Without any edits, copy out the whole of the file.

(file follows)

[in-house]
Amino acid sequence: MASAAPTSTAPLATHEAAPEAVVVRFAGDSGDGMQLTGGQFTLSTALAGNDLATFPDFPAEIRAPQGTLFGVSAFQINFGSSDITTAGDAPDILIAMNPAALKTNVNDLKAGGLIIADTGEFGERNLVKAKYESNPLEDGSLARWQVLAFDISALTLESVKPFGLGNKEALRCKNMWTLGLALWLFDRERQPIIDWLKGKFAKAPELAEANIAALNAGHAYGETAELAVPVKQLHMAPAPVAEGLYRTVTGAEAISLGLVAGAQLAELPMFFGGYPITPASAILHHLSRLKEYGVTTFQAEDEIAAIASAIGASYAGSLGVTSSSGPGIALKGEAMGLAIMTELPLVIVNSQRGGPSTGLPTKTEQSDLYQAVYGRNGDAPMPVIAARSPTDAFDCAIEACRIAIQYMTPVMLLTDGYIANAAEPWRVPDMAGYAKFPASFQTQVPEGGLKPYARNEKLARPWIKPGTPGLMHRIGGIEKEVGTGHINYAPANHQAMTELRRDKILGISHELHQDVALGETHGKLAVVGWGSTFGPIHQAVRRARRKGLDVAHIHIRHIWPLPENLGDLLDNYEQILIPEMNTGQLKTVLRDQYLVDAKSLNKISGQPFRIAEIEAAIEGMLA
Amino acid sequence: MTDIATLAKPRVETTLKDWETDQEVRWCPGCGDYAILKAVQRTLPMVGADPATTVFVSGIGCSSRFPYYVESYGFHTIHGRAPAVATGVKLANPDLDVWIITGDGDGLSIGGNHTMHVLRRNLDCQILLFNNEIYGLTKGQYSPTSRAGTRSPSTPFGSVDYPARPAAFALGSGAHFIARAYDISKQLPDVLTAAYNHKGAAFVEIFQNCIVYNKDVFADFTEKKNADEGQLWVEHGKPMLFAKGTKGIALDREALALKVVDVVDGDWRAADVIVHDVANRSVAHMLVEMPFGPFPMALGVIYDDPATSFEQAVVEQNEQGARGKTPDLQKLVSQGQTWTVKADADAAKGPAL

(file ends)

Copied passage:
[in-house]
Amino acid sequence: MASAAPTSTAPLATHEAAPEAVVVRFAGDSGDGMQLTGGQFTLSTALAGNDLATFPDFPAEIRAPQGTLFGVSAFQINFGSSDITTAGDAPDILIAMNPAALKTNVNDLKAGGLIIADTGEFGERNLVKAKYESNPLEDGSLARWQVLAFDISALTLESVKPFGLGNKEALRCKNMWTLGLALWLFDRERQPIIDWLKGKFAKAPELAEANIAALNAGHAYGETAELAVPVKQLHMAPAPVAEGLYRTVTGAEAISLGLVAGAQLAELPMFFGGYPITPASAILHHLSRLKEYGVTTFQAEDEIAAIASAIGASYAGSLGVTSSSGPGIALKGEAMGLAIMTELPLVIVNSQRGGPSTGLPTKTEQSDLYQAVYGRNGDAPMPVIAARSPTDAFDCAIEACRIAIQYMTPVMLLTDGYIANAAEPWRVPDMAGYAKFPASFQTQVPEGGLKPYARNEKLARPWIKPGTPGLMHRIGGIEKEVGTGHINYAPANHQAMTELRRDKILGISHELHQDVALGETHGKLAVVGWGSTFGPIHQAVRRARRKGLDVAHIHIRHIWPLPENLGDLLDNYEQILIPEMNTGQLKTVLRDQYLVDAKSLNKISGQPFRIAEIEAAIEGMLA
Amino acid sequence: MTDIATLAKPRVETTLKDWETDQEVRWCPGCGDYAILKAVQRTLPMVGADPATTVFVSGIGCSSRFPYYVESYGFHTIHGRAPAVATGVKLANPDLDVWIITGDGDGLSIGGNHTMHVLRRNLDCQILLFNNEIYGLTKGQYSPTSRAGTRSPSTPFGSVDYPARPAAFALGSGAHFIARAYDISKQLPDVLTAAYNHKGAAFVEIFQNCIVYNKDVFADFTEKKNADEGQLWVEHGKPMLFAKGTKGIALDREALALKVVDVVDGDWRAADVIVHDVANRSVAHMLVEMPFGPFPMALGVIYDDPATSFEQAVVEQNEQGARGKTPDLQKLVSQGQTWTVKADADAAKGPAL